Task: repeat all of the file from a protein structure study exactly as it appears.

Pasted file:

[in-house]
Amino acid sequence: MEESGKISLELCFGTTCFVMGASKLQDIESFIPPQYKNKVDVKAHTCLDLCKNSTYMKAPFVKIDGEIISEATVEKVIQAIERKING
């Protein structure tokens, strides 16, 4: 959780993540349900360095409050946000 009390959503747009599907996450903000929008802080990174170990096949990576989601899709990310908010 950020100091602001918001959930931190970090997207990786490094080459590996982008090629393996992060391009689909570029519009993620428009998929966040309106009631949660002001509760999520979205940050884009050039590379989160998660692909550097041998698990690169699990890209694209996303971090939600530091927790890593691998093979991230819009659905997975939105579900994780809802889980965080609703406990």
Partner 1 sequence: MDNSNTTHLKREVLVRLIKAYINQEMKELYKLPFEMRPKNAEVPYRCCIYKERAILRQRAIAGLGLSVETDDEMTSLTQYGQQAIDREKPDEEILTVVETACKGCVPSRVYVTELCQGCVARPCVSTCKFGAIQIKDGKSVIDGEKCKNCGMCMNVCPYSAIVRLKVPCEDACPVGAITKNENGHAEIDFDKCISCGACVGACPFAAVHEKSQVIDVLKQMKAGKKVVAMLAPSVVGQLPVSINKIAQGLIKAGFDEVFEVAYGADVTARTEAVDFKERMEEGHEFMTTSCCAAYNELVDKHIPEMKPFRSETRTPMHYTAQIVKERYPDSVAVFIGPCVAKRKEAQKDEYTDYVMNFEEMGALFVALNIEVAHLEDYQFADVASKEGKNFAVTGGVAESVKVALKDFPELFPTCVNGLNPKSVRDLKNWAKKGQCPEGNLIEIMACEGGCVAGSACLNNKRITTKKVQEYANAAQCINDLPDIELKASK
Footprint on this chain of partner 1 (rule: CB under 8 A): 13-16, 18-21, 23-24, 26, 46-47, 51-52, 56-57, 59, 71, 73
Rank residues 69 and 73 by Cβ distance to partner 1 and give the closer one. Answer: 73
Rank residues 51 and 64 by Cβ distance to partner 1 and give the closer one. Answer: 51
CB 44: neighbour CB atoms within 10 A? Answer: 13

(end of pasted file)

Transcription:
[in-house]
Amino acid sequence: MEESGKISLELCFGTTCFVMGASKLQDIESFIPPQYKNKVDVKAHTCLDLCKNSTYMKAPFVKIDGEIISEATVEKVIQAIERKING
């Protein structure tokens, strides 16, 4: 959780993540349900360095409050946000 009390959503747009599907996450903000929008802080990174170990096949990576989601899709990310908010 950020100091602001918001959930931190970090997207990786490094080459590996982008090629393996992060391009689909570029519009993620428009998929966040309106009631949660002001509760999520979205940050884009050039590379989160998660692909550097041998698990690169699990890209694209996303971090939600530091927790890593691998093979991230819009659905997975939105579900994780809802889980965080609703406990």
Partner 1 sequence: MDNSNTTHLKREVLVRLIKAYINQEMKELYKLPFEMRPKNAEVPYRCCIYKERAILRQRAIAGLGLSVETDDEMTSLTQYGQQAIDREKPDEEILTVVETACKGCVPSRVYVTELCQGCVARPCVSTCKFGAIQIKDGKSVIDGEKCKNCGMCMNVCPYSAIVRLKVPCEDACPVGAITKNENGHAEIDFDKCISCGACVGACPFAAVHEKSQVIDVLKQMKAGKKVVAMLAPSVVGQLPVSINKIAQGLIKAGFDEVFEVAYGADVTARTEAVDFKERMEEGHEFMTTSCCAAYNELVDKHIPEMKPFRSETRTPMHYTAQIVKERYPDSVAVFIGPCVAKRKEAQKDEYTDYVMNFEEMGALFVALNIEVAHLEDYQFADVASKEGKNFAVTGGVAESVKVALKDFPELFPTCVNGLNPKSVRDLKNWAKKGQCPEGNLIEIMACEGGCVAGSACLNNKRITTKKVQEYANAAQCINDLPDIELKASK
Footprint on this chain of partner 1 (rule: CB under 8 A): 13-16, 18-21, 23-24, 26, 46-47, 51-52, 56-57, 59, 71, 73
Rank residues 69 and 73 by Cβ distance to partner 1 and give the closer one. Answer: 73
Rank residues 51 and 64 by Cβ distance to partner 1 and give the closer one. Answer: 51
CB 44: neighbour CB atoms within 10 A? Answer: 13